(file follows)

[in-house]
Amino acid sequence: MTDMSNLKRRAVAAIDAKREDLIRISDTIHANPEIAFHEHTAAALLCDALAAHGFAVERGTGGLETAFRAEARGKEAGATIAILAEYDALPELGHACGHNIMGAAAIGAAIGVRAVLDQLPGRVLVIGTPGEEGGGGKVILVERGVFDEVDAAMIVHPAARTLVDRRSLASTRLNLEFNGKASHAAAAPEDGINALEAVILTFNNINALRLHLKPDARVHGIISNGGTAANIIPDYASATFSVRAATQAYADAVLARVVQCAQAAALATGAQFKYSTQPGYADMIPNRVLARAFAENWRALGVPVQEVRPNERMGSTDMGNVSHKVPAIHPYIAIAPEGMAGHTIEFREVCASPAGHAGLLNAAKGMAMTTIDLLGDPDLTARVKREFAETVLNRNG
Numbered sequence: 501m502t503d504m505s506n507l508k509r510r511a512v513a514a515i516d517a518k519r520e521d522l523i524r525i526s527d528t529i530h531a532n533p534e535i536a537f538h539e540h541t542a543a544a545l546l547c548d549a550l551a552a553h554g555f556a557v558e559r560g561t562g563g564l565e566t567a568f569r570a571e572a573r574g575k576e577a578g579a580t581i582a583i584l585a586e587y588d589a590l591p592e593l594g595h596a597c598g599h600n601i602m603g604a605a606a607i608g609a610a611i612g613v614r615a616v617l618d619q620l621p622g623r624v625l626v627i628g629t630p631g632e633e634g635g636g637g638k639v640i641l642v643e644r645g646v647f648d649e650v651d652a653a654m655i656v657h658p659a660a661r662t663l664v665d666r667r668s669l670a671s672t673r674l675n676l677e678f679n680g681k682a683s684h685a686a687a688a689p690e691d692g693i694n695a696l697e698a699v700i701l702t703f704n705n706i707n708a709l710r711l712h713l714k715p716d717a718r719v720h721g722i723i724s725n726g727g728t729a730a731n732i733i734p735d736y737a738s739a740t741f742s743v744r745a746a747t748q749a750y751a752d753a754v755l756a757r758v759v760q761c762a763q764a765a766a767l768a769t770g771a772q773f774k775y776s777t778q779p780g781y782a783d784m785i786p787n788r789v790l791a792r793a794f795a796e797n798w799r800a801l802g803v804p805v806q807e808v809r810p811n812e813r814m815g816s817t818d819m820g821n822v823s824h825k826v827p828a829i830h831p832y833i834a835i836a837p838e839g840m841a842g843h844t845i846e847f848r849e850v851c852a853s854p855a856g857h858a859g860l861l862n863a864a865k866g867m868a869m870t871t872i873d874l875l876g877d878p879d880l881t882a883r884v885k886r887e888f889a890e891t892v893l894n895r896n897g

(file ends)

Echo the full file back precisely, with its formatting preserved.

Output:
[in-house]
Amino acid sequence: MTDMSNLKRRAVAAIDAKREDLIRISDTIHANPEIAFHEHTAAALLCDALAAHGFAVERGTGGLETAFRAEARGKEAGATIAILAEYDALPELGHACGHNIMGAAAIGAAIGVRAVLDQLPGRVLVIGTPGEEGGGGKVILVERGVFDEVDAAMIVHPAARTLVDRRSLASTRLNLEFNGKASHAAAAPEDGINALEAVILTFNNINALRLHLKPDARVHGIISNGGTAANIIPDYASATFSVRAATQAYADAVLARVVQCAQAAALATGAQFKYSTQPGYADMIPNRVLARAFAENWRALGVPVQEVRPNERMGSTDMGNVSHKVPAIHPYIAIAPEGMAGHTIEFREVCASPAGHAGLLNAAKGMAMTTIDLLGDPDLTARVKREFAETVLNRNG
Numbered sequence: 501m502t503d504m505s506n507l508k509r510r511a512v513a514a515i516d517a518k519r520e521d522l523i524r525i526s527d528t529i530h531a532n533p534e535i536a537f538h539e540h541t542a543a544a545l546l547c548d549a550l551a552a553h554g555f556a557v558e559r560g561t562g563g564l565e566t567a568f569r570a571e572a573r574g575k576e577a578g579a580t581i582a583i584l585a586e587y588d589a590l591p592e593l594g595h596a597c598g599h600n601i602m603g604a605a606a607i608g609a610a611i612g613v614r615a616v617l618d619q620l621p622g623r624v625l626v627i628g629t630p631g632e633e634g635g636g637g638k639v640i641l642v643e644r645g646v647f648d649e650v651d652a653a654m655i656v657h658p659a660a661r662t663l664v665d666r667r668s669l670a671s672t673r674l675n676l677e678f679n680g681k682a683s684h685a686a687a688a689p690e691d692g693i694n695a696l697e698a699v700i701l702t703f704n705n706i707n708a709l710r711l712h713l714k715p716d717a718r719v720h721g722i723i724s725n726g727g728t729a730a731n732i733i734p735d736y737a738s739a740t741f742s743v744r745a746a747t748q749a750y751a752d753a754v755l756a757r758v759v760q761c762a763q764a765a766a767l768a769t770g771a772q773f774k775y776s777t778q779p780g781y782a783d784m785i786p787n788r789v790l791a792r793a794f795a796e797n798w799r800a801l802g803v804p805v806q807e808v809r810p811n812e813r814m815g816s817t818d819m820g821n822v823s824h825k826v827p828a829i830h831p832y833i834a835i836a837p838e839g840m841a842g843h844t845i846e847f848r849e850v851c852a853s854p855a856g857h858a859g860l861l862n863a864a865k866g867m868a869m870t871t872i873d874l875l876g877d878p879d880l881t882a883r884v885k886r887e888f889a890e891t892v893l894n895r896n897g